Russia repeatedly applied the Polish model to its neighbors. Under Catherine the Great, Russia had partitioned Poland three times in the late eighteenth century, crating a country ever less capable of administering its affairs as Russia in combination with Prussia and Austria gradually ate it alive. Great and even middling power on the borders were dangerous. So they must be divided, a fate shared by Poland, the Ottoman Empire, Persia, China, and post World War II, Germany and Korea. It is no coincidence that so many divided states border on Russia. Nor is it coincidence that so many unstable states sit on its periphery" (emphasis added). [3]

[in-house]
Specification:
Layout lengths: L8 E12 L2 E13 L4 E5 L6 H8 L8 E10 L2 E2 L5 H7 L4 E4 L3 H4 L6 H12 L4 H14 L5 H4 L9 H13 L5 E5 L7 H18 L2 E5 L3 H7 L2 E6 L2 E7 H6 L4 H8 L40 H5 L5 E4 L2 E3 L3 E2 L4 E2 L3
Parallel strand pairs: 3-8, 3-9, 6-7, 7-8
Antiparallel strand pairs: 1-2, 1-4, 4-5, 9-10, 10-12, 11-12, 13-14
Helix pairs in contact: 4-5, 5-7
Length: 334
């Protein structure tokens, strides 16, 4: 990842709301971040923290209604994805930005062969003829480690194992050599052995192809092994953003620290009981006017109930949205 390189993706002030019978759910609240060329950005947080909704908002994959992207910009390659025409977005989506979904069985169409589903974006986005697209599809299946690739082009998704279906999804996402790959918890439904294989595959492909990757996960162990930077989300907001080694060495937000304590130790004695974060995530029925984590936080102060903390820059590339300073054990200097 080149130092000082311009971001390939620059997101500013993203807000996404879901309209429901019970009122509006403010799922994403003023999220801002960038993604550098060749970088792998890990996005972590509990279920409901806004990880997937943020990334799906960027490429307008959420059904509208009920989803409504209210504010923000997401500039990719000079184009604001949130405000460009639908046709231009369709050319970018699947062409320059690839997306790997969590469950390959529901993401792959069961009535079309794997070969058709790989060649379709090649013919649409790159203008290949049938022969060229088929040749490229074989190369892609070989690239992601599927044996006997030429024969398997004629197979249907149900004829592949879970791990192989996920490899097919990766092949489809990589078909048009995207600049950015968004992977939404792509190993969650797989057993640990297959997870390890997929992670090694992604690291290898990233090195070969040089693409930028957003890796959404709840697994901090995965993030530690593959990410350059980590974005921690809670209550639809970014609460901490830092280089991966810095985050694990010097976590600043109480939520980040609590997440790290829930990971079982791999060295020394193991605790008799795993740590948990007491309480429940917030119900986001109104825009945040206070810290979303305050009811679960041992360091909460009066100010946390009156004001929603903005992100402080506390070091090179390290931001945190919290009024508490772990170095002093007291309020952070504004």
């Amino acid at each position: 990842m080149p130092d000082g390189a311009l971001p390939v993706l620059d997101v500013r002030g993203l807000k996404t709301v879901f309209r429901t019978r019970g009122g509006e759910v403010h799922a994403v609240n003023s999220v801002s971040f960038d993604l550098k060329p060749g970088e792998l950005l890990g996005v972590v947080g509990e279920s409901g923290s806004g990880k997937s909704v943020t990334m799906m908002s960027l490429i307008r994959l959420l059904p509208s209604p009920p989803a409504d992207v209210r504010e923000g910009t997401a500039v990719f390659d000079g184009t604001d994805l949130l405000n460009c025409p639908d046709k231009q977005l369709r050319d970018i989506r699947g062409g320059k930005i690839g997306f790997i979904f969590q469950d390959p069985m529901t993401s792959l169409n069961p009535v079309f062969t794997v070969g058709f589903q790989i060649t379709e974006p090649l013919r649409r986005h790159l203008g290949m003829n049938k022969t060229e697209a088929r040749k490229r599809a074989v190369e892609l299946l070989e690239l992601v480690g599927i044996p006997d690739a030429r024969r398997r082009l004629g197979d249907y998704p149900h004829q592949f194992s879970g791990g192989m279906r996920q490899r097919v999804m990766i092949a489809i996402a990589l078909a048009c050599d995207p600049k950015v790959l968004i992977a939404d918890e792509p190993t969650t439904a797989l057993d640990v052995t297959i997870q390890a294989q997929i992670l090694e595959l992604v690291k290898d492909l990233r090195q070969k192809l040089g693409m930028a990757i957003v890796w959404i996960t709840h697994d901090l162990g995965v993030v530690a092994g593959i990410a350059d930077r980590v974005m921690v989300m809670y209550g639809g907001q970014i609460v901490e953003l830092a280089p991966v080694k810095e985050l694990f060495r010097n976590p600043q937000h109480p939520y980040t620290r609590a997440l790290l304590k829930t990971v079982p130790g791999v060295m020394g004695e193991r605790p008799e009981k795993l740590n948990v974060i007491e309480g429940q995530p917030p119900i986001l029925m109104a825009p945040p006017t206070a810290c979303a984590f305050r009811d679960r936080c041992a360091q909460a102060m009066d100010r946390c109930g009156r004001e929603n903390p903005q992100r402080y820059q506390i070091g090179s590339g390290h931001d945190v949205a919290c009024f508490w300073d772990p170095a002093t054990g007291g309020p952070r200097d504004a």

It is difficult to read this description and not see parallels with what is happening in Ukraine now (or what happened in Georgia in 2008). Dr. Paine's description of Russian foreign policy stretches from the 18th century to the middle of the 20th. Perhaps historians writing 60 years hence will use this same narrative--but extend it well into the 21st.


------------------------------------------------------------

[1] Authorized Version.
[2] John Schindler. "Nobody Knows Anything." XX Committee. 16 March 2014. 
[3] S.C.M. Paine. The Wars For Asia, 1911-1949. (New York: Cambridge University Press, 2012), pp. 83-84.

7 comments:

spandrell said...

Good stuff.

Yet I must point out that Mr. Schindler was betting on Putin waging total war, yet it didn't happen. Momentum is dissipating so he's less likely to do so as time passes.

I take it you read Peter Lee's last on the parallels between Ukraine and Taiwan? Now that's interesting.